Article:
The channel structure shown in FIG. 4 and in FIG. 5 may be configured according to the following illustrative dimensions for two embodiments:

Number of channels for a substrate support: 1200, alternatively 15000

Length of connecting channels: 75 mm, alternatively 6 mm

Cross-section dimensions of connecting channels: 0.3×0.3 mm, alternatively 0.2×0.05 mm

Flow speed of media (water): 0.4 m/s

Heat transfer: 8000 W/m2K

Pressure drop: 0.12 bar, alternatively 0.14 bar

FIG. 6 and FIG. 7 show schematic cross-sectional views of the channel structures, in particular the structures illustrated in FIG. 4 and FIG. 5. Referring to the embodiment depicted in FIG. 6, the channel structure 1 may be integrated in a support structure 2 by providing a layered structure 18 that is bonded together. In one or both of the bonded layers 19 or 21 the channel layout may be provided to form a duct in the bonded configuration. In the cross section illustrated are input and output flow channels 9 and 10 provided in alternating fashion in a substrate support 2. The flow channels 9 and 10 are connected by a fine grid structure 11. Optionally, such as is shown in FIG. 6, a covering layer 19 is present, in an embodiment of a thermally conductive material such as SiSic or SiC. In FIG. 7 the covering layer is not present and the upper confinement of the thermally stabilizing media is provided by a lower side of a substrate 20 to be irradiated. Referring to FIG. 6, in an embodiment, the fine grid structure 11 is provided in the covering layer 19, so that optimal heat transfer may be provided to the thermal stabilizing medium flowing through the structure 11.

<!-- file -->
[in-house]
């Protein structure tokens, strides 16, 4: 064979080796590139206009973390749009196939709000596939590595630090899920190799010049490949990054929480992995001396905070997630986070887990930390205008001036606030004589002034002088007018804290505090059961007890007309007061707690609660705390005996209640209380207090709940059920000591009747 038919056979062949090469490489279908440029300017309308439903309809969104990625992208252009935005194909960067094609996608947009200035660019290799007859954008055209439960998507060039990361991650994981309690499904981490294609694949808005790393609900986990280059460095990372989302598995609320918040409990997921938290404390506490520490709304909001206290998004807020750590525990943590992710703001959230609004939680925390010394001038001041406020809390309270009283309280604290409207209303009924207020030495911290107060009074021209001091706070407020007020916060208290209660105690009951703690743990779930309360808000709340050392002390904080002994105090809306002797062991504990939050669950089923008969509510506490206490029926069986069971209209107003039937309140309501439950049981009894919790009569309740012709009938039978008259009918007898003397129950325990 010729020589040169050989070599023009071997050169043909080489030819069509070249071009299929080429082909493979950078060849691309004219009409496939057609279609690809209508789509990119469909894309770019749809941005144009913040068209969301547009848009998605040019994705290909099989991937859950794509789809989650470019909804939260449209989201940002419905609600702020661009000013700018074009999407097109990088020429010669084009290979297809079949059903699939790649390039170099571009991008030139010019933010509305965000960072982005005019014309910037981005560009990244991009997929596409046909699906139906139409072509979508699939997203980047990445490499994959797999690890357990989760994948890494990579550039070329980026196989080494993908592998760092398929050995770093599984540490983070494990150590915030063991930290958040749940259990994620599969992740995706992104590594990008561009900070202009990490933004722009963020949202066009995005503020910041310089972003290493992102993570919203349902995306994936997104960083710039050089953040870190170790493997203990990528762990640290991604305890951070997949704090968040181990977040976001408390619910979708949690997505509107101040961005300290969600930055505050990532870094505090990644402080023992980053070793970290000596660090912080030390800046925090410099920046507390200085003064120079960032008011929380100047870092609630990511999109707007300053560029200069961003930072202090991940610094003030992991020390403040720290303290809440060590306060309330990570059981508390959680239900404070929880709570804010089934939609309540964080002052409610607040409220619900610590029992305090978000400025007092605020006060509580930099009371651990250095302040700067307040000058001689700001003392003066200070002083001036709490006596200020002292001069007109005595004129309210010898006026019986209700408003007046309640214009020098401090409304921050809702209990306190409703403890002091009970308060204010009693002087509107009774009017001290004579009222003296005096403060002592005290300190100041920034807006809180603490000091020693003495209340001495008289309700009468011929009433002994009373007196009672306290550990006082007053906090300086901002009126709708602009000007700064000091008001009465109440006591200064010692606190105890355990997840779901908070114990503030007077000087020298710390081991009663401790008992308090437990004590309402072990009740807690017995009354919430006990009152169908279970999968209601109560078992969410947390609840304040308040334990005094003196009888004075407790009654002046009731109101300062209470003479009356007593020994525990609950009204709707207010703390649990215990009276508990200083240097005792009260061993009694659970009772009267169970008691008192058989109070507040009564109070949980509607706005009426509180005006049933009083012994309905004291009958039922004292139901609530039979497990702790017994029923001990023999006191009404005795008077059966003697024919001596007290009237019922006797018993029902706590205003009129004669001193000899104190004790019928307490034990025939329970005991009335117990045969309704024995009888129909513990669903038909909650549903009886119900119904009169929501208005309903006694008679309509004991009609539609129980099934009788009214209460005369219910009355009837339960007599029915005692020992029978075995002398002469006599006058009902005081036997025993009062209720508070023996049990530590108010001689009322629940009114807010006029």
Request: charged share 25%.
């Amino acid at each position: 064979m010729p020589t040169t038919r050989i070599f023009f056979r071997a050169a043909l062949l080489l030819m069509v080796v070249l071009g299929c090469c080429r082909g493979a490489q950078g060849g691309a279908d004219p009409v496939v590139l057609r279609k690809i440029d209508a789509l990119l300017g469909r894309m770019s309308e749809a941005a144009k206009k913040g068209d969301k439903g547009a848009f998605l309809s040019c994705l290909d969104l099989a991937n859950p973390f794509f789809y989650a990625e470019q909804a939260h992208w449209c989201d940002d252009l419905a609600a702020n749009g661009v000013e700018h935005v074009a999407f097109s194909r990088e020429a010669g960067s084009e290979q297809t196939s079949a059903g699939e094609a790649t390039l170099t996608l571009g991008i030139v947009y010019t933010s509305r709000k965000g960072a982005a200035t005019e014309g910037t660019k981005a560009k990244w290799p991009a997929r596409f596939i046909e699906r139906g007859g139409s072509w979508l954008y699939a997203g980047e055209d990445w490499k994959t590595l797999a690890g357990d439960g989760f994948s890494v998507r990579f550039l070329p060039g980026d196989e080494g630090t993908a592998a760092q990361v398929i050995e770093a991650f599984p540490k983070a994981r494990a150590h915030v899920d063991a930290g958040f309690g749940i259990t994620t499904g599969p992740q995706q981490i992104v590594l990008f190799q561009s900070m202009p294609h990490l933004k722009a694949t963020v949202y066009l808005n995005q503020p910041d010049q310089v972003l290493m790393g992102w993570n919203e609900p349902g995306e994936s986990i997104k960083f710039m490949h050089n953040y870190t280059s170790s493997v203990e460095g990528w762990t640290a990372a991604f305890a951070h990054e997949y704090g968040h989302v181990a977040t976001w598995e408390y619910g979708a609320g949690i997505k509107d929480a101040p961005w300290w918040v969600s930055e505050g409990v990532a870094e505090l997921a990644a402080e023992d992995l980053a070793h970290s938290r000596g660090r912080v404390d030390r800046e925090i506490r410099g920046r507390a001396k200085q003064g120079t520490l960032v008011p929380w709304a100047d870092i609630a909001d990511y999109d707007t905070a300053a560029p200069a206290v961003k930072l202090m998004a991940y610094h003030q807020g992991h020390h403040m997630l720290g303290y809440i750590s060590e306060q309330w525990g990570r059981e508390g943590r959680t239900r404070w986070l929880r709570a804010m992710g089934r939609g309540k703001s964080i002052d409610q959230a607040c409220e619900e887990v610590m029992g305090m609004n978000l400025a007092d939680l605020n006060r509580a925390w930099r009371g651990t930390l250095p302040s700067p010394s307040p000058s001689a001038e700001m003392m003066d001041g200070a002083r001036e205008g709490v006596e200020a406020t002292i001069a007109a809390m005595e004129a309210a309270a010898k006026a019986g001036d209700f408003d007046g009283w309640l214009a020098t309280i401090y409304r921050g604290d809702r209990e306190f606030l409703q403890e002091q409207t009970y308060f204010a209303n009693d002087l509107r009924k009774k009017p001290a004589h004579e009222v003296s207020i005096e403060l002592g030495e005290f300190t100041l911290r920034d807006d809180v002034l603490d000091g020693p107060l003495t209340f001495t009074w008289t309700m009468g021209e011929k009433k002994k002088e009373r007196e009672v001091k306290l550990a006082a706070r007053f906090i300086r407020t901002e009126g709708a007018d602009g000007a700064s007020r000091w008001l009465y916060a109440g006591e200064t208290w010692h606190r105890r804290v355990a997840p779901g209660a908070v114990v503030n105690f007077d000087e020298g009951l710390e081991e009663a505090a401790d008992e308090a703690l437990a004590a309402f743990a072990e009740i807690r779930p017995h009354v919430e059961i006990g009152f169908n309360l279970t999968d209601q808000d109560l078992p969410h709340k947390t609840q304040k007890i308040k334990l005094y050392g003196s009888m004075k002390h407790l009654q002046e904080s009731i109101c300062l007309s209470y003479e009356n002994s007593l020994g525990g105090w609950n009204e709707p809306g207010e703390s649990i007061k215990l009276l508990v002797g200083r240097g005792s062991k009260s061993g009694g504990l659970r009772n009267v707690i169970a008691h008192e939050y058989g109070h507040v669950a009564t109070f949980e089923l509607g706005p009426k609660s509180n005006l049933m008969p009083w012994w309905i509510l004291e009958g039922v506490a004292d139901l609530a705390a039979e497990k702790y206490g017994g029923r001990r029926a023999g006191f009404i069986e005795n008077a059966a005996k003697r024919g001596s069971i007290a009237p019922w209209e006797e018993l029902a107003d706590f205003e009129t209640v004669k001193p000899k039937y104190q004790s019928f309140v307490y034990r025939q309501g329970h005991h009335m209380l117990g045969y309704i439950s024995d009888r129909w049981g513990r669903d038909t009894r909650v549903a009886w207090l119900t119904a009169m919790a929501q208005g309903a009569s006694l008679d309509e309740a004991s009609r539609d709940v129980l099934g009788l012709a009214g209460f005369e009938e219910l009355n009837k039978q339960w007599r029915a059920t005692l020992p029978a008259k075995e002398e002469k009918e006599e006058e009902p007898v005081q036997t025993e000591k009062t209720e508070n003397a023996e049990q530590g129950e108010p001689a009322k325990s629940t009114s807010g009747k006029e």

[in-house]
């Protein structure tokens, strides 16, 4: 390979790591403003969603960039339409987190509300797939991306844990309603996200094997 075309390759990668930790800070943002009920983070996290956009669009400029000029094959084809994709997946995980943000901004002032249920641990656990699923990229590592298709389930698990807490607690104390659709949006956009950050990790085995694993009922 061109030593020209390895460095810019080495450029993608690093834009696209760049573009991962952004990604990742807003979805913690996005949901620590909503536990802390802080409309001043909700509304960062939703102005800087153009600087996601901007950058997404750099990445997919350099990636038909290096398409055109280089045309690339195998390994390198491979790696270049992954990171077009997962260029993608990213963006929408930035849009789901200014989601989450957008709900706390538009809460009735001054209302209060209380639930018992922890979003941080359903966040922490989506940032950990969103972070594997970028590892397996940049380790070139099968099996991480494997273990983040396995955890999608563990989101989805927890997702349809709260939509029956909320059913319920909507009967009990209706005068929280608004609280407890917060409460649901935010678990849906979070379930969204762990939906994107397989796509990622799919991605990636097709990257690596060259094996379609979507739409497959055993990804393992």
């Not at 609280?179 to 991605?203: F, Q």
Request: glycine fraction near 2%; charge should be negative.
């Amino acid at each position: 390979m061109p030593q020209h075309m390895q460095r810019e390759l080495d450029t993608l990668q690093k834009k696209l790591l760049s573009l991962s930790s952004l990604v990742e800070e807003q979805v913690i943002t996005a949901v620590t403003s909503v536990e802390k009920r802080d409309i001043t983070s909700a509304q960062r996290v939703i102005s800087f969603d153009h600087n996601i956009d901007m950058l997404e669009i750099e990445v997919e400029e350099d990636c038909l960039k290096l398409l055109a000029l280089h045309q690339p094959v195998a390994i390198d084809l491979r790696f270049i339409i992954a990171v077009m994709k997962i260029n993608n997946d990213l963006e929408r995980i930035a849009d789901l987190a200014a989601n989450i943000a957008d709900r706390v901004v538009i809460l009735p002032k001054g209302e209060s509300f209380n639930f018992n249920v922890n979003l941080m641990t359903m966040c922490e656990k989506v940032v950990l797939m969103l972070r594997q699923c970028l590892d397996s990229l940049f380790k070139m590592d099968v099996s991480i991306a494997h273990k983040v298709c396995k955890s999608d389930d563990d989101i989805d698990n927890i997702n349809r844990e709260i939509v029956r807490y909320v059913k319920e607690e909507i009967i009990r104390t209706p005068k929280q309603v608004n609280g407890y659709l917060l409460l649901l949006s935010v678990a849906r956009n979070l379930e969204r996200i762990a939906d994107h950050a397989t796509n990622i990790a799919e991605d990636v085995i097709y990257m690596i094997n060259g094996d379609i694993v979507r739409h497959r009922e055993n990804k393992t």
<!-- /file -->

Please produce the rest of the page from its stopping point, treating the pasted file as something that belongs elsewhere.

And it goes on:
Although not shown in detail in the Figures, several embodiments of the fine grid structure 11 are feasible, in particular, the microchannel structure elaborated in FIG. 4 and FIG. 5. For example, a porous structure may be provided, for instance, a roughened surface with leaks provided from the input to the output channel structures 9 and 10 respectively. The fine grid structure 11 may be provided by an internal burl structure. Such a structure may be characterized by a plurality of spacing pins or burls, that space a lower and a higher wall of a substrate support. The higher wall may form a surface part 12 of the substrate support 2, whereas the lower wall may connect to the input and output channel structure 9 and 10 respectively.

As is shown in FIG. 6, in an embodiment, the input and output channel structures 9 and 10 are provided further away from the surface 12 than the fine grid structure 11. In addition, the channel dimensioning is so that heat transfer in the input and output channel structures 9 and 10 is relatively minimal in relation to the heat transfer of the connecting structure 11. This may be provided even more when the input and output channel structures 9 and 10 are provided in a thermally isolating layer 21 such as Zerodur, ULE, or Cordierite, which materials are known to the skilled in the art.